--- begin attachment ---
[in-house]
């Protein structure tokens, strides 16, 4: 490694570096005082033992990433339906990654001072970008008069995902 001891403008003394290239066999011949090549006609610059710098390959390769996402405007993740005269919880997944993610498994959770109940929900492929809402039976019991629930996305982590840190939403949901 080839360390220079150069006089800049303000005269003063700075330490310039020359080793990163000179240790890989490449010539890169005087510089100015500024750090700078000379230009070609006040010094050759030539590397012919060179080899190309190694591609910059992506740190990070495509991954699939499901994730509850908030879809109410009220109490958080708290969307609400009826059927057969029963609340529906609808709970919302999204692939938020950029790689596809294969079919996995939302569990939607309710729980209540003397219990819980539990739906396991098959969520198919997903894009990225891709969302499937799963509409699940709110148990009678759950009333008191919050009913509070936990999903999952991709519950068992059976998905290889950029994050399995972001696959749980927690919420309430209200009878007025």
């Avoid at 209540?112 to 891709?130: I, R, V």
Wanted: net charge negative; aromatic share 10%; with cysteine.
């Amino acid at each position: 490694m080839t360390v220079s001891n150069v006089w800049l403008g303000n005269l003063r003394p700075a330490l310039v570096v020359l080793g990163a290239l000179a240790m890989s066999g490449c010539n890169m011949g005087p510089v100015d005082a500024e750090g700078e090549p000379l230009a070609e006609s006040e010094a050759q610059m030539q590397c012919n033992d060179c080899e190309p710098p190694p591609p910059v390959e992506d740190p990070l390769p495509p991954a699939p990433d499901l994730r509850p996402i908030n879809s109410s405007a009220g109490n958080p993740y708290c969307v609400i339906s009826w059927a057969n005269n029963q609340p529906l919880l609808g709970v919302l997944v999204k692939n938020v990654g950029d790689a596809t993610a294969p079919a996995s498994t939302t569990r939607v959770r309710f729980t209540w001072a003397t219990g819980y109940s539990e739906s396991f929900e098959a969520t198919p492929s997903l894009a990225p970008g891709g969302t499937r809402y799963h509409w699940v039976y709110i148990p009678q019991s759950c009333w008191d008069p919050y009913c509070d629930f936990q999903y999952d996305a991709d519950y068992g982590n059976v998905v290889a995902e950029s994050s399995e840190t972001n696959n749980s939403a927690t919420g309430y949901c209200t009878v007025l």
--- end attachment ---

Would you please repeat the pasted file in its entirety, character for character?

[in-house]
């Protein structure tokens, strides 16, 4: 490694570096005082033992990433339906990654001072970008008069995902 001891403008003394290239066999011949090549006609610059710098390959390769996402405007993740005269919880997944993610498994959770109940929900492929809402039976019991629930996305982590840190939403949901 080839360390220079150069006089800049303000005269003063700075330490310039020359080793990163000179240790890989490449010539890169005087510089100015500024750090700078000379230009070609006040010094050759030539590397012919060179080899190309190694591609910059992506740190990070495509991954699939499901994730509850908030879809109410009220109490958080708290969307609400009826059927057969029963609340529906609808709970919302999204692939938020950029790689596809294969079919996995939302569990939607309710729980209540003397219990819980539990739906396991098959969520198919997903894009990225891709969302499937799963509409699940709110148990009678759950009333008191919050009913509070936990999903999952991709519950068992059976998905290889950029994050399995972001696959749980927690919420309430209200009878007025």
């Avoid at 209540?112 to 891709?130: I, R, V």
Wanted: net charge negative; aromatic share 10%; with cysteine.
């Amino acid at each position: 490694m080839t360390v220079s001891n150069v006089w800049l403008g303000n005269l003063r003394p700075a330490l310039v570096v020359l080793g990163a290239l000179a240790m890989s066999g490449c010539n890169m011949g005087p510089v100015d005082a500024e750090g700078e090549p000379l230009a070609e006609s006040e010094a050759q610059m030539q590397c012919n033992d060179c080899e190309p710098p190694p591609p910059v390959e992506d740190p990070l390769p495509p991954a699939p990433d499901l994730r509850p996402i908030n879809s109410s405007a009220g109490n958080p993740y708290c969307v609400i339906s009826w059927a057969n005269n029963q609340p529906l919880l609808g709970v919302l997944v999204k692939n938020v990654g950029d790689a596809t993610a294969p079919a996995s498994t939302t569990r939607v959770r309710f729980t209540w001072a003397t219990g819980y109940s539990e739906s396991f929900e098959a969520t198919p492929s997903l894009a990225p970008g891709g969302t499937r809402y799963h509409w699940v039976y709110i148990p009678q019991s759950c009333w008191d008069p919050y009913c509070d629930f936990q999903y999952d996305a991709d519950y068992g982590n059976v998905v290889a995902e950029s994050s399995e840190t972001n696959n749980s939403a927690t919420g309430y949901c209200t009878v007025l």